Hello, Austin! How y’all doin’ tonight? Are y’all ready to country?

The one place you see fewer cowboy hats is, double-reverse ironically, country music. Talented country artists, and others like Luke Bryan and Eric Church, favor the good ol’ boy ball cap (sporting the logo of John Deere or whatever logo their handlers tell them is authentic), brim rolled tight like a 90s forestry major. Paired with a pec-hugging wife beater, the ball cap says to the country star’s fans, “I’m just like one of you!” Exactly. Driven by trends, ignorant of musical history. Thinks People is a news magazine and Brad Paisley is classic country.

Most of the cowboy hats that do appear on the heads of country stars are carefully maintained props designed to sell an image of authenticity, even when the songs themselves sound like cereal jingles and the southern accent they’re delivered with is as phony as the lumpy double-Ds on a drag queen.

Let’s face it: the cowboy hat is a bold choice, maybe best left to the musician. If you think he or she (EVERY woman looks great in a cowboy hat) would wear one onstage, give them a gift card to Murdoch’s. If a cowboy hat isn’t rock ‘n roll enough for them, they can use the card to get a pair of spurs. Or a whip.

Another hat choice that’s universally available is the knit hat. An honest-to-god ski hat, with a little ball on top and long braids hanging down the sides, would be a good choice for PBR-swilling hipsters who write tons of songs with their collaborator Mary Jane. It’ll keep their head from expanding too much during those 40-minute, single chord jams.

Bob Sire wearing a DooRag

I’m glad this thing is absorbent. I think my brain is leaking out.”

The floppy knit beanie worn on the back of the head has been the official headwear of the emo crowd since forever, but make sure you include a few bobby pins to help keep it in place.

The big, loosely knit hat, shaped like a purse and invariably colored red, yellow and green, is a fine gift for your reggae-loving stoner friend with dreadlocks. Nothing says “I’m chronically unemployable” like a giant, gaily-colored spider egg sac of hair ropes.

Finally, the simple knit beanie that has been popularized by Zac Brown is one of the most versatile gifts you can give a musician. It’s available in an endless variety of colors and patterns, and has so many more uses than just advertising a disinterest in personal grooming. It can be used to wipe the tears, sweat, blood and tater tot grease off a guitar. It can be used as a potholder when you’re taking that pan of ramen noodles off the stove. It can be used to keep your hands clean when you’re attaching jumper cables to the tour van. It can be wrapped around a fist to protect your knuckles when you break out the glass in your mom’s basement window so you can sneak into her house and steal the money from the ceramic pig on the kitchen counter and go score a bag of weed from that jazz guy who lives on the north side. They’re cheap. Buy two.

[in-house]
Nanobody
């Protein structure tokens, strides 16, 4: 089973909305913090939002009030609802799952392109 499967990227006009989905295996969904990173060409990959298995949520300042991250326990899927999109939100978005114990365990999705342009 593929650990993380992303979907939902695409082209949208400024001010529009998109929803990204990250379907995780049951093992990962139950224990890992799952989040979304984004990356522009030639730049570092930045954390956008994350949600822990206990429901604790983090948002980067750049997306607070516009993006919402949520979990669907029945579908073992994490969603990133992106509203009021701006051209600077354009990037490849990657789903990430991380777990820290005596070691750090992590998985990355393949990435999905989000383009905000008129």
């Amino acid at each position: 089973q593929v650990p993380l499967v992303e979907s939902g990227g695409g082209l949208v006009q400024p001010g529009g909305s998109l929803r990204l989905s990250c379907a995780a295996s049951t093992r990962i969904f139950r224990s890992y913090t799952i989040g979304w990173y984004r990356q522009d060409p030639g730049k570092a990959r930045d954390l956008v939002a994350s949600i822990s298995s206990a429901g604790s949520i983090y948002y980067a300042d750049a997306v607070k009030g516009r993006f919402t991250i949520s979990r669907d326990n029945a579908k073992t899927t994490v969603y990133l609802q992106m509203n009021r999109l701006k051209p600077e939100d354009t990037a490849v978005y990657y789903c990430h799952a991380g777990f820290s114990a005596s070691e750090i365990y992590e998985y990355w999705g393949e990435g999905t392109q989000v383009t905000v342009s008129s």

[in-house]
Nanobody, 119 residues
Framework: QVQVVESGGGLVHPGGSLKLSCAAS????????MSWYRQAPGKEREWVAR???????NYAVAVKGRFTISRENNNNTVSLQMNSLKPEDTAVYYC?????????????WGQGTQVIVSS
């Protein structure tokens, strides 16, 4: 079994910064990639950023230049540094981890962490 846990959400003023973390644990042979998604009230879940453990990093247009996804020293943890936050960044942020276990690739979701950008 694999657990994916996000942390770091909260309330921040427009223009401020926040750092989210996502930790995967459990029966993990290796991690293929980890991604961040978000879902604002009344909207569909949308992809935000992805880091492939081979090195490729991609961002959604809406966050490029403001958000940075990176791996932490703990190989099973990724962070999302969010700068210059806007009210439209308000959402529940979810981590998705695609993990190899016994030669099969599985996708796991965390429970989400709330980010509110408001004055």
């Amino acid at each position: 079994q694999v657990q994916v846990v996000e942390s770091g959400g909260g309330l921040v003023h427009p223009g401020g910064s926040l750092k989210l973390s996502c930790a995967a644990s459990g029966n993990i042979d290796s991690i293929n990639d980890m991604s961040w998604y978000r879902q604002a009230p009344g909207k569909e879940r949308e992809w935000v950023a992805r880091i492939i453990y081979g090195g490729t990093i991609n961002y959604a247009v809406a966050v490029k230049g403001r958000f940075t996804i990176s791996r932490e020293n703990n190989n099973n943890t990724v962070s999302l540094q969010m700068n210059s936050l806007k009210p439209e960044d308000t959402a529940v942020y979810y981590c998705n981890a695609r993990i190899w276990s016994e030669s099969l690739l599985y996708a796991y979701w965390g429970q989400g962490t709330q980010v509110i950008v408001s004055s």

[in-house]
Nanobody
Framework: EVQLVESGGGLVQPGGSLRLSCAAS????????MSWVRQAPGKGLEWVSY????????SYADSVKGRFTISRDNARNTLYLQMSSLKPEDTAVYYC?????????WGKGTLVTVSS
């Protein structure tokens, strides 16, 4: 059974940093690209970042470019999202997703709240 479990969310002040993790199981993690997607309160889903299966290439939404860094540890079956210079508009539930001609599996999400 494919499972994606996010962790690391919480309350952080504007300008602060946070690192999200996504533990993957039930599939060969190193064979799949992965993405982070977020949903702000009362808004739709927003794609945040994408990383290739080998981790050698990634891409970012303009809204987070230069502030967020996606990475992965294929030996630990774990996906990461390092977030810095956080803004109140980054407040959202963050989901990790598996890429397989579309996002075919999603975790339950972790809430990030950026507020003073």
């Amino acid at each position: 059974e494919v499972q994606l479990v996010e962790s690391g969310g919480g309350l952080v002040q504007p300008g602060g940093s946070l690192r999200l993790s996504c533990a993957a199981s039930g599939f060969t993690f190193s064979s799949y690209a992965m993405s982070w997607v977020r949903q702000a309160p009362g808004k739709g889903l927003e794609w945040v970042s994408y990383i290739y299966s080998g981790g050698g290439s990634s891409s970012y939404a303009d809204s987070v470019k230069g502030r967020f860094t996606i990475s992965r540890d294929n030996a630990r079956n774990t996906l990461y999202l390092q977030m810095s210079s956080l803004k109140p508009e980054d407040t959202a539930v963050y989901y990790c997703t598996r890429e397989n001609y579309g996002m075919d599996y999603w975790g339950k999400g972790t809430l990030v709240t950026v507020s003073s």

So make a musician happy this Christmas by showing that you’ve put some thought into his or her style. Make sure you get the right size so it’ll stay securely put and protect that noggin. I mean, who knows what goes on in that head of theirs.

   Check out all of Bob Wire’s posts in his blog archive.


Have an off-white Christmas with Bob Wire.Think of it as Gonzo meets Hee Haw: Missoula honky tonker Bob Wire holds forth on a unique life filled with music, parenthood, drinking, sports, working, marriage, drinking, and just navigating the twisted wreckage of American culture. Plus occasional grooming tips. Like the best humor, it’s not for everyone. Sometimes silly, sometimes surreal, sometimes savage, Bob Wire demands that you possess a good sense of humor and an open mind.

Bob Wire has written more than 500 humor columns for a regional website over the last five years, and his writing has appeared in the Missoulian, the Missoula Independent, Montana Magazine, and his own Bob Wire Has a Point Blog. He is a prolific songwriter, and has recorded three CDs of original material with his Montana band, the Magnificent Bastards. His previous band, the Fencemenders, was a popular fixture at area clubs. They were voted Best Local Band twice by the Missoula Independent readers poll. Bob was voted the Trail 103.3/Missoulian Entertainer of the Year in 2007.

You can hear his music on his website, or download it at iTunes, Amazon, and other online music providers. Follow @Bob_Wire on Twitter.